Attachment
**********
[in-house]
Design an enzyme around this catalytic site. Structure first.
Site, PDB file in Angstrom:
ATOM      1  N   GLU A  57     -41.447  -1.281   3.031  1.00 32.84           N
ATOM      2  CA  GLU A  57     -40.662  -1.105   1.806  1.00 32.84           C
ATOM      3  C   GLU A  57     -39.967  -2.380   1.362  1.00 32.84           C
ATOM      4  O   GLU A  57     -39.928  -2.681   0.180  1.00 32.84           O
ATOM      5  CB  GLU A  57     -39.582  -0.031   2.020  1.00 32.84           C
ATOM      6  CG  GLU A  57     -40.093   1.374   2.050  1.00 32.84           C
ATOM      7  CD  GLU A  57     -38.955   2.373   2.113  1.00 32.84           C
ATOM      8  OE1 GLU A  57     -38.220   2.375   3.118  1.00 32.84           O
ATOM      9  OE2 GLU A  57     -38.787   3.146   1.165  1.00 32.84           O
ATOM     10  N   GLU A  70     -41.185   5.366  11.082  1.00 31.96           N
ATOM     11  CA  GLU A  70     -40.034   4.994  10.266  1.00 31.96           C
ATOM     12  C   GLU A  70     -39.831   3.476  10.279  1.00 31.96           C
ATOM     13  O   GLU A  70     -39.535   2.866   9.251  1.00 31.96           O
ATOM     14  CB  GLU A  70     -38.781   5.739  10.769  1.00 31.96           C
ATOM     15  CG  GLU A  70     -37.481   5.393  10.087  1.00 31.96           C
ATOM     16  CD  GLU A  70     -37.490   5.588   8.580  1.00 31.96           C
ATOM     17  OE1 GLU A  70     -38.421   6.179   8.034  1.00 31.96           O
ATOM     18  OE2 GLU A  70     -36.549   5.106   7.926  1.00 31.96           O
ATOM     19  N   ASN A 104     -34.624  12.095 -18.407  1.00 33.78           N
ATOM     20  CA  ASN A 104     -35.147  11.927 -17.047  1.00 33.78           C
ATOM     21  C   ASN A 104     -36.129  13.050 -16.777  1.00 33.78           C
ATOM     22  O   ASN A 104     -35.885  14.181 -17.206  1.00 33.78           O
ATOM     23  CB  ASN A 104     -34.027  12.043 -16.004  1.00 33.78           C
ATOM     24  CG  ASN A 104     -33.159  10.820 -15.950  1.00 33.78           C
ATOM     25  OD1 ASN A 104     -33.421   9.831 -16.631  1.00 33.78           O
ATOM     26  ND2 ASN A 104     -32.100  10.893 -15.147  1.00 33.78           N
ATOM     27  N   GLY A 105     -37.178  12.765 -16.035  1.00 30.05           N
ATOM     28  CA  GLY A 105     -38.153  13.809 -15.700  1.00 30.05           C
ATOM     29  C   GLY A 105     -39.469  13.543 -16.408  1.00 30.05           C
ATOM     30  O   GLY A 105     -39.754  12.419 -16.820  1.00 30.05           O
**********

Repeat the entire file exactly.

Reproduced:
[in-house]
Design an enzyme around this catalytic site. Structure first.
Site, PDB file in Angstrom:
ATOM      1  N   GLU A  57     -41.447  -1.281   3.031  1.00 32.84           N
ATOM      2  CA  GLU A  57     -40.662  -1.105   1.806  1.00 32.84           C
ATOM      3  C   GLU A  57     -39.967  -2.380   1.362  1.00 32.84           C
ATOM      4  O   GLU A  57     -39.928  -2.681   0.180  1.00 32.84           O
ATOM      5  CB  GLU A  57     -39.582  -0.031   2.020  1.00 32.84           C
ATOM      6  CG  GLU A  57     -40.093   1.374   2.050  1.00 32.84           C
ATOM      7  CD  GLU A  57     -38.955   2.373   2.113  1.00 32.84           C
ATOM      8  OE1 GLU A  57     -38.220   2.375   3.118  1.00 32.84           O
ATOM      9  OE2 GLU A  57     -38.787   3.146   1.165  1.00 32.84           O
ATOM     10  N   GLU A  70     -41.185   5.366  11.082  1.00 31.96           N
ATOM     11  CA  GLU A  70     -40.034   4.994  10.266  1.00 31.96           C
ATOM     12  C   GLU A  70     -39.831   3.476  10.279  1.00 31.96           C
ATOM     13  O   GLU A  70     -39.535   2.866   9.251  1.00 31.96           O
ATOM     14  CB  GLU A  70     -38.781   5.739  10.769  1.00 31.96           C
ATOM     15  CG  GLU A  70     -37.481   5.393  10.087  1.00 31.96           C
ATOM     16  CD  GLU A  70     -37.490   5.588   8.580  1.00 31.96           C
ATOM     17  OE1 GLU A  70     -38.421   6.179   8.034  1.00 31.96           O
ATOM     18  OE2 GLU A  70     -36.549   5.106   7.926  1.00 31.96           O
ATOM     19  N   ASN A 104     -34.624  12.095 -18.407  1.00 33.78           N
ATOM     20  CA  ASN A 104     -35.147  11.927 -17.047  1.00 33.78           C
ATOM     21  C   ASN A 104     -36.129  13.050 -16.777  1.00 33.78           C
ATOM     22  O   ASN A 104     -35.885  14.181 -17.206  1.00 33.78           O
ATOM     23  CB  ASN A 104     -34.027  12.043 -16.004  1.00 33.78           C
ATOM     24  CG  ASN A 104     -33.159  10.820 -15.950  1.00 33.78           C
ATOM     25  OD1 ASN A 104     -33.421   9.831 -16.631  1.00 33.78           O
ATOM     26  ND2 ASN A 104     -32.100  10.893 -15.147  1.00 33.78           N
ATOM     27  N   GLY A 105     -37.178  12.765 -16.035  1.00 30.05           N
ATOM     28  CA  GLY A 105     -38.153  13.809 -15.700  1.00 30.05           C
ATOM     29  C   GLY A 105     -39.469  13.543 -16.408  1.00 30.05           C
ATOM     30  O   GLY A 105     -39.754  12.419 -16.820  1.00 30.05           O